Friday, February 26, 2010

 

THE TROJAN HORSE IN THE CLOSET

Chapter seven of Ralph Nader's ground-breaking 1965 best seller is titled: "Damn the driver and spare the car." Forty-five years later and amidst the fall-out from Toyota's unprecedented 8 million plus vehicle re-call; Nader's chapter sounds all too familiar...

Those of my generation will know, of course, that Nader's book: "Unsafe At Any Speed - The designed-in dangers of the American automobile", shocked the world just as the North American boomer generation were about the purchase their first cars. "Nader's Raiders", as the hundreds of young activists inspired by the book became known, forced North American auto makers and Governments to confess and account for their collusion, abuse of power, and lack of regard for the safety and well being of millions of drivers and their passengers.

Lest I digress; Another of the book's keystone chapters - "The one car accident" - exposed the havoc and carnage of the Chevrolet "Corvair" (1960-63). Nader's work also led to the demise of the Ford "Pinto" and most importantly to the legislated requirement for seat-belts and other standard safety devices.

Which brings me back to Toyota. If the "Corvair" problem was its one-car accident factor (The suspension made it roll-over), Toyota's acceleration issue frequently involves collision's with others, which is all the more tragic. Koua Fong Lee is spending 8 years in a Minnesota jail after his out of control "Camry" killed 3 people in a rear-end collision with an Oldsmobile. Now even the District Attorney who successfully prosecuted Mr. Lee for vehicular homicide thinks the case was a miscarriage of justice.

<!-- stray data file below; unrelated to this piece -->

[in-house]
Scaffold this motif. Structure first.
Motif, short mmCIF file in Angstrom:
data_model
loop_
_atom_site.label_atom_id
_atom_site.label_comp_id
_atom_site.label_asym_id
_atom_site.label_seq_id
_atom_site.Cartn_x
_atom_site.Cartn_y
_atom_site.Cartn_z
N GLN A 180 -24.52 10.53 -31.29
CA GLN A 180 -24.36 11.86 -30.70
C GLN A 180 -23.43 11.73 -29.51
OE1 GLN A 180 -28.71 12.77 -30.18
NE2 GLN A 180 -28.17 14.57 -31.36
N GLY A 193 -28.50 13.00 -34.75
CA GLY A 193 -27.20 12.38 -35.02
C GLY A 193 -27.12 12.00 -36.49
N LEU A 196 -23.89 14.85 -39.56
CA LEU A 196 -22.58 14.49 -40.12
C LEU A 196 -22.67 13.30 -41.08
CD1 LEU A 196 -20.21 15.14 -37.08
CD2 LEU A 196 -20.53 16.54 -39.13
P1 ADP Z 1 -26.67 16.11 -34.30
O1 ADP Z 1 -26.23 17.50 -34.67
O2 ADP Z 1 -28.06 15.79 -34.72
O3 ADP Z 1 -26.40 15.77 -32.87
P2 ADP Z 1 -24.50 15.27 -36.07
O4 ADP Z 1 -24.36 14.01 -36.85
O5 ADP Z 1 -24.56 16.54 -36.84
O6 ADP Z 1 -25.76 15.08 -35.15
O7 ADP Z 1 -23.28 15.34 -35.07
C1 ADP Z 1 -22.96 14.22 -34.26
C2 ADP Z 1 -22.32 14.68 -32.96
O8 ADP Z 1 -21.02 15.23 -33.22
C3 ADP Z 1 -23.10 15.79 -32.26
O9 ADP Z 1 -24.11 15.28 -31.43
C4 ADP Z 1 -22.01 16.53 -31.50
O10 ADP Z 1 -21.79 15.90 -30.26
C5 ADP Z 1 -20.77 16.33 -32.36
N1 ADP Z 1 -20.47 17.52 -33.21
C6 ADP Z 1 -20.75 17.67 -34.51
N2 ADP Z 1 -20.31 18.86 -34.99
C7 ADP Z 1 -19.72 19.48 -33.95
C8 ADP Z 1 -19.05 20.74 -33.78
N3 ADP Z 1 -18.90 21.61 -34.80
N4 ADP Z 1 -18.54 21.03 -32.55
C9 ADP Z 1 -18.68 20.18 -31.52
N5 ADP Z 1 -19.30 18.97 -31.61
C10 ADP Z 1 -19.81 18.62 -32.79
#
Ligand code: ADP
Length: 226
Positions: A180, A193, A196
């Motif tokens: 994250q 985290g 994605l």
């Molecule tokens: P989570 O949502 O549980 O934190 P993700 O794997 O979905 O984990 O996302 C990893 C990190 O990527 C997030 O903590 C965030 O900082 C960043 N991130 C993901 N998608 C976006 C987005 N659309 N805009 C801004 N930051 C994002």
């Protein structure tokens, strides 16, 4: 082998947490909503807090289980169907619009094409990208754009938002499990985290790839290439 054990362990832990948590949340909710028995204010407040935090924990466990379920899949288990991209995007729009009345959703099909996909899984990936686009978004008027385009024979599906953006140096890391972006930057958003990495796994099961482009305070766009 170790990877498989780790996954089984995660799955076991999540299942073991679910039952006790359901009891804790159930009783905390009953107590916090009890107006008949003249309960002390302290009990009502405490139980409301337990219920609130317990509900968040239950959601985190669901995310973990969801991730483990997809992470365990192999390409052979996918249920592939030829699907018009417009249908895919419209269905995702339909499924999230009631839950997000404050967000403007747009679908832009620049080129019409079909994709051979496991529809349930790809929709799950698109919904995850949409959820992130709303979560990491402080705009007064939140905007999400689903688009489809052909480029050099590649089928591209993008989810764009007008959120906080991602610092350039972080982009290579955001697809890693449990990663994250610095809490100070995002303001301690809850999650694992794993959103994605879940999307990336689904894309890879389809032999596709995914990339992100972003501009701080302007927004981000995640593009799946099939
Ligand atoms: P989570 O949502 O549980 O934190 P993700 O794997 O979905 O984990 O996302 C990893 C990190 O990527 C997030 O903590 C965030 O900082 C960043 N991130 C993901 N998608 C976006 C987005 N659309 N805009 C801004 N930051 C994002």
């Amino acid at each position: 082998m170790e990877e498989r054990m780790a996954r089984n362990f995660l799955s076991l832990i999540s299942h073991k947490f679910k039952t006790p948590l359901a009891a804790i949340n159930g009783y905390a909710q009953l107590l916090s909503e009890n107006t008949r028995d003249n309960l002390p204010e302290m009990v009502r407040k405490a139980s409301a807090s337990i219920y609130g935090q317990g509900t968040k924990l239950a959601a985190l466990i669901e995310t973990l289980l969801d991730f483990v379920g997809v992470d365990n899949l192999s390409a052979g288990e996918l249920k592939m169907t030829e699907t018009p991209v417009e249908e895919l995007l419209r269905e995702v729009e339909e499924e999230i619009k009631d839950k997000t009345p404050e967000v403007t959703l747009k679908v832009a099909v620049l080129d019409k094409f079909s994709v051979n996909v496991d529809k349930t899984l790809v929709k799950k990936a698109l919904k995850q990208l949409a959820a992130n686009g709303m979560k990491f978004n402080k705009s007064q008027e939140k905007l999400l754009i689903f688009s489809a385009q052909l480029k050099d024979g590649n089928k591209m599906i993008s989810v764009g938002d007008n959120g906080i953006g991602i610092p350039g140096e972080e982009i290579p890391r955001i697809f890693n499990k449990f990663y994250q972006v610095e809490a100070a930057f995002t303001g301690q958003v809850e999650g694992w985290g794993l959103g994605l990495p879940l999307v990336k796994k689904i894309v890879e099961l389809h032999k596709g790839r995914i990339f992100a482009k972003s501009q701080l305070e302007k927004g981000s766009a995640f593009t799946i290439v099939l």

A long time friend and university teacher who's opinion I value described Toyota's initial intransigence and its current responses as..."the classic issues management blunder of the 21st century". Toyota representatives; officials; and executives all the way up to the founder's grandson, the current President Akio Toyota, are sticking to the company script despite growing concerns and anecdotal evidence that the problem may be related to the electronics of the fuel injection systems rather than anything mechanical. Lest we forget: Toyota's track record in diagnosing the problem(s) is less than stellar: Ten months ago it blamed the runaway cars on faulty carpets getting caught-up in the accelerator pedal.

The Toyota Motor Company, now the world's largest auto manufacturer, was about five years old when Ralph Nader wrote "Unsafe At Any Speed". It's true that some in the American Congress may be on a crusade against Japanese auto makers now that the U.S. government is essentially the largest bailout shareholder in General-Motors and Chrysler...but perhaps that may be the most compelling reason for Toyota to remain beyond reproach in its response and corrective actions. There are many who believe the Asian auto sector is not quite there yet!

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